While black tip, bull, lemon, and nurse sharks are ubiquitous in local waters, a less frequently observed but common presence is the hammerhead. “I love to see hammerheads. Their unique heads are unlike any other species, and they are interesting to watch” Dabill says of what he identifies to be his favorite shark. Great hammerheads can grow to 18 feet long and almost always “go viral” on the internet when observed close to shore. Scalloped hammerheads are more common and can grow to 12 feet. Two distinct population segments of the scalloped hammerhead shark are listed as endangered and two more are listed as threatened under the Endangered Species Act.


While oceanic shark and ray populations have declined over the last 50 years, Florida populations are tougher to assess since so many of its species are highly migratory. Paul says he may be seeing a trend.


“I've been diving and fishing off Palm Beach and Jupiter for 15 years. If anything, there seem to be more sharks than ever. In fact, they are quite a nuisance for fishermen because often the sharks will eat the catch before it is able to be brought into the boat.”


Shark activity in Florida peaks during the summer months yet shark bites remain exceedingly rare, and the three counties of the Treasure Coast have the lowest recorded unprovoked bites along the east coast since 1882. Humans are 30 times more likely to be struck by lightning in Florida than to be bitten by a shark. Fatalities are also extremely low. Only one percent of shark bites in Florida are fatal compared to 10 percent worldwide. Even provoked attacks are rare, but they are tantalizing fodder for summertime news.


Paul Dabill isn’t out to provoke sharks but spearfishing falls outside the official definition of unprovoked interactions, so it makes perfect sense that what he describes as his most memorable experience with a shark wound up on TV!


“When I first started spearfishing, I swam out from the beach and shot a sheepshead. A blacktip shark immediately approached and tried to get the fish. I didn't have a boat to put the fish on, so the situation got a little hairy. I filmed the encounter with my speargun mounted camera, and the Discovery channel ended up using the story on Shark Week.”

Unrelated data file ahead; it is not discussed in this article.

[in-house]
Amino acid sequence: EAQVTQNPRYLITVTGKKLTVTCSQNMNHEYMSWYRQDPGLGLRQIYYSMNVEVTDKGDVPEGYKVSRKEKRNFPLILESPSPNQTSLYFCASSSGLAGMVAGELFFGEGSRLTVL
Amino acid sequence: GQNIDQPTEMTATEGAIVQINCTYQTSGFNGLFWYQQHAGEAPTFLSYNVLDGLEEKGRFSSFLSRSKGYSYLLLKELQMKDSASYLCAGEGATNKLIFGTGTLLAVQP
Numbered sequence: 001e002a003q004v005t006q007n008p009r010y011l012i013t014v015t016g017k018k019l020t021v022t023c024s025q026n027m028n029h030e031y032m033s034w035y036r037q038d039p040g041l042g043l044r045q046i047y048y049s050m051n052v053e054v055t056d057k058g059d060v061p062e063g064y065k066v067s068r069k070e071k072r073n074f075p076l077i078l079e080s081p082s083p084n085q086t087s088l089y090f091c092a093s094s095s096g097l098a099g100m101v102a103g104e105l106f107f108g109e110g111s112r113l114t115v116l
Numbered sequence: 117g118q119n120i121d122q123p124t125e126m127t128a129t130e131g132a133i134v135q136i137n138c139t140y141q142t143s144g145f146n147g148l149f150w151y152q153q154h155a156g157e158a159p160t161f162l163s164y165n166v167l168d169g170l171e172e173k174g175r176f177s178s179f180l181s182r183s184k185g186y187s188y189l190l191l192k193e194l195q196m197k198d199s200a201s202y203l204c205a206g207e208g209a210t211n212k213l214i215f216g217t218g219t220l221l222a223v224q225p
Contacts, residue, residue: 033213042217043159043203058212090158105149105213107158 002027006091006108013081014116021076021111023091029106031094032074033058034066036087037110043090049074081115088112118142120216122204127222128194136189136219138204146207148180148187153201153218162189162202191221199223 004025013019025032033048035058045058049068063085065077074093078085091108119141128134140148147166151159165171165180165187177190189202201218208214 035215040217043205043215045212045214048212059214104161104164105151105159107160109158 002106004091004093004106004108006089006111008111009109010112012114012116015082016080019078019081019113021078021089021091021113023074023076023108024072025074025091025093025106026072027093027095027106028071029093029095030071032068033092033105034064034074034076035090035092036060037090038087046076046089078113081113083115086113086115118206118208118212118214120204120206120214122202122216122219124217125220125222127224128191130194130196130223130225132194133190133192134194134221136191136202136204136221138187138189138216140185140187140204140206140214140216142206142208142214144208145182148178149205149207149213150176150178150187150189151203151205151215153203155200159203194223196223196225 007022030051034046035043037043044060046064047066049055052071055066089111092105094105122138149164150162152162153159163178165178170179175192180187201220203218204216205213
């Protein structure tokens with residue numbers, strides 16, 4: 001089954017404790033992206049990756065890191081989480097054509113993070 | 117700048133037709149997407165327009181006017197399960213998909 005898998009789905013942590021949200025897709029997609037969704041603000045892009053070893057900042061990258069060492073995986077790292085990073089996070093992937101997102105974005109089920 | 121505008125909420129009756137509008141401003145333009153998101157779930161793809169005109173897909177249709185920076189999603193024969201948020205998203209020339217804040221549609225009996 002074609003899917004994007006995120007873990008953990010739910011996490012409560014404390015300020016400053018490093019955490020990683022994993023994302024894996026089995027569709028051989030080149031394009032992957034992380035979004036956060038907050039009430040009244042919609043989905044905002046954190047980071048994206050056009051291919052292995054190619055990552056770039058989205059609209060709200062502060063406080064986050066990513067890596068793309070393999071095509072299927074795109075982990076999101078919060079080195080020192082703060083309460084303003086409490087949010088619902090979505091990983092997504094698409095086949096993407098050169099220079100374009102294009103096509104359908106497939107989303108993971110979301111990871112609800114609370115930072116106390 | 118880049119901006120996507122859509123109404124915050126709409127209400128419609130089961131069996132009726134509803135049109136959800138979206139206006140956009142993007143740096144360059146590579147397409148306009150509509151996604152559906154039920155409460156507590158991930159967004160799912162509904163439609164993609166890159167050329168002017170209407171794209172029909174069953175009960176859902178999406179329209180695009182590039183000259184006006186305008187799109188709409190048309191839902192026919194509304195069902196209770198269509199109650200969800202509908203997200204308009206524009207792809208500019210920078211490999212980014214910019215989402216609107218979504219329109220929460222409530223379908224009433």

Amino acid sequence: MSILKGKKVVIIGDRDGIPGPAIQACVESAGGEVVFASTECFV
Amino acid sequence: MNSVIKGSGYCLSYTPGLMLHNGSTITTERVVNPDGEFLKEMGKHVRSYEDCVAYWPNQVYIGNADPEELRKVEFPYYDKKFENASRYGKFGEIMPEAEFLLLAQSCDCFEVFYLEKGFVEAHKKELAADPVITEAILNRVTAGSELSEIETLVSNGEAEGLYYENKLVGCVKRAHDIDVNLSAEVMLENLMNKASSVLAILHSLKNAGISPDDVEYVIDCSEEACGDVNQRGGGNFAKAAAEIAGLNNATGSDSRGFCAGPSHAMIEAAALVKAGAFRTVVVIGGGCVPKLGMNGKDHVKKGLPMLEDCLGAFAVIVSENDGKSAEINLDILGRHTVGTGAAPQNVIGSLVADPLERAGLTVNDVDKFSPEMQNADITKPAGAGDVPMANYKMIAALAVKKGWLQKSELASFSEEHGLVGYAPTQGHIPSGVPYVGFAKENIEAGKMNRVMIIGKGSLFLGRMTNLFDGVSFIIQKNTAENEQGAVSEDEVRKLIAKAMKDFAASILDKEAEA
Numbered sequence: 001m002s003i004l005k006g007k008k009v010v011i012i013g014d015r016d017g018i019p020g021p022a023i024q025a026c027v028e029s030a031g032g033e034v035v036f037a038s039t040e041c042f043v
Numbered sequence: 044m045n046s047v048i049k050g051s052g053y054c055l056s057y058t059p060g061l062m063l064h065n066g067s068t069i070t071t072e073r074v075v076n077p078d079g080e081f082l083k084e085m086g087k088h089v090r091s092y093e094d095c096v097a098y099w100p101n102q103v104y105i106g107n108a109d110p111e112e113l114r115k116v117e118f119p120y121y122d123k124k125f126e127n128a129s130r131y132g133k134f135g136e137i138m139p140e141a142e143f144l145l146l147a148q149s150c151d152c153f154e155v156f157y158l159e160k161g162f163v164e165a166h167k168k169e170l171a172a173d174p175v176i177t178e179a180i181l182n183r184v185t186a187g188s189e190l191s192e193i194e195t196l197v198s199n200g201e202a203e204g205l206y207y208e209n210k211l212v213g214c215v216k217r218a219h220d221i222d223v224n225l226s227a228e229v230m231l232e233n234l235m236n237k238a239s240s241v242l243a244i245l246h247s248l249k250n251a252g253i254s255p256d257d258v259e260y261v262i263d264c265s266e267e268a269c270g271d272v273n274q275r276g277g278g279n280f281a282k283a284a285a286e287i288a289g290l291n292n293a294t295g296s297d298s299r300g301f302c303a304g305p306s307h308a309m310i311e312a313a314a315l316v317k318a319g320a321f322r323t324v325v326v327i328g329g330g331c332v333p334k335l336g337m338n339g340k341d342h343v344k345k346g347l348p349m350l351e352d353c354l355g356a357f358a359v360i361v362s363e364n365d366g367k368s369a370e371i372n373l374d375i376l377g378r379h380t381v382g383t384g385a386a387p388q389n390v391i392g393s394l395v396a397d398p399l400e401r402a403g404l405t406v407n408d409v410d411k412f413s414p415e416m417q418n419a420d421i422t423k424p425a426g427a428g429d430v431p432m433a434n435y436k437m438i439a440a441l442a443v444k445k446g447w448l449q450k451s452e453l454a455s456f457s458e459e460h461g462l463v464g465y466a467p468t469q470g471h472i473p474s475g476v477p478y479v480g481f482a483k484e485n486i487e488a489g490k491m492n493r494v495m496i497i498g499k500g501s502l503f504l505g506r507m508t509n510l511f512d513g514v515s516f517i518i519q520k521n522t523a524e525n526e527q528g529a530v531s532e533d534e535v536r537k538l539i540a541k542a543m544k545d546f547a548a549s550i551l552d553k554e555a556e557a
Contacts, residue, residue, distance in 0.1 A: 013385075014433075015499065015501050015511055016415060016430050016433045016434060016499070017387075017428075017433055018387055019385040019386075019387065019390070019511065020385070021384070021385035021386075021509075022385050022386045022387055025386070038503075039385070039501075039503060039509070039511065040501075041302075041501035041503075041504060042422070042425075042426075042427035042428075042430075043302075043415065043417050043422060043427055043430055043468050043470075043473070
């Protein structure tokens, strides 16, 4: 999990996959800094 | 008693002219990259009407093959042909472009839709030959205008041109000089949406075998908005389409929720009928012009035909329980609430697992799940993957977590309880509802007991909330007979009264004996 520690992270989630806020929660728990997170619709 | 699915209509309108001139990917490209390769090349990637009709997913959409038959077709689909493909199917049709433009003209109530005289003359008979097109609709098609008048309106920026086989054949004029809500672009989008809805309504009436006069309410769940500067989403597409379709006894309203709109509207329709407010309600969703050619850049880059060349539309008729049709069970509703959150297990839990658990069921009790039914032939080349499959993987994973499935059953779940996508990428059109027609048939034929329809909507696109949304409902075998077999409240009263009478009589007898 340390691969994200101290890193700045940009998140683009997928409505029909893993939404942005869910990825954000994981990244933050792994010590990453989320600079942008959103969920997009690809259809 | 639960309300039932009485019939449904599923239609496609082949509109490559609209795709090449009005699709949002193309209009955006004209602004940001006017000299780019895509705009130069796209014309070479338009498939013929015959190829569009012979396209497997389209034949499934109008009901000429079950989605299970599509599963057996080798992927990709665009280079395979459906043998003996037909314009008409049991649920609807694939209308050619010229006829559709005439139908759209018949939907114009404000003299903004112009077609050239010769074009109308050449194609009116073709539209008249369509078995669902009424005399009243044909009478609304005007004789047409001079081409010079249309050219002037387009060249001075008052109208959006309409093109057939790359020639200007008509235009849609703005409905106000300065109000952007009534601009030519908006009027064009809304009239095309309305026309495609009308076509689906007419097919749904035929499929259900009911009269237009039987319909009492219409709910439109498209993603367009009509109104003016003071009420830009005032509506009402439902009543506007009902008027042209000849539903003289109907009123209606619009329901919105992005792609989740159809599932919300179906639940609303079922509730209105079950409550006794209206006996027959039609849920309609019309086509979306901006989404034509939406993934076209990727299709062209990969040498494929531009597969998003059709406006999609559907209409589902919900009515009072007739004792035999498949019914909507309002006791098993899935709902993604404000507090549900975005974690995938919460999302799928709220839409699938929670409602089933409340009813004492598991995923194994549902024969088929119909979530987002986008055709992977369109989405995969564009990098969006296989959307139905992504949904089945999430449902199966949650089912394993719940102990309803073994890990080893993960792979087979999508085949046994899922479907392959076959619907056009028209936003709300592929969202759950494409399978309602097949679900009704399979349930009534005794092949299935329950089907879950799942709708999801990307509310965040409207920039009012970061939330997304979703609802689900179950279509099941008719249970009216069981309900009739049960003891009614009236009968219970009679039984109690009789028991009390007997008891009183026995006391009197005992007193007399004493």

Marine life enthusiasts won't want to miss Paul Dabill's exciting social media photos and videos. His information is below but in the meantime, enjoy some of his fabulous posts and comments here:


Paul Dabill is a licensed drone operator and underwater photographer based in Jupiter, Florida. He loves south Florida for the diversity of life that can be found in the Intracoastal waterway, inlets, near the beach and offshore. Paul takes pictures and videos while flying his drone as well as while freediving.


His work has been featured in multiple magazine publications including Florida Sportsman, Florida Sport Fishing and Angler’s Journal. His videography has been featured on Discovery Channel and the National Geographic channel. Multiple science and research organizations have also used his work.


Paul’s photos and videos can be seen on the "Paul Dabill Photography" Facebook page as well as Instagram @PaulDabill and Twitter @DabillPaul.



While on the surface, I spotted this bull shark about 50' below. I wanted to photograph this one so I quickly dove down trying to catch up. As I was getting close he turned and began swimming straight towards my camera, turning at the last second before bumping into my lens.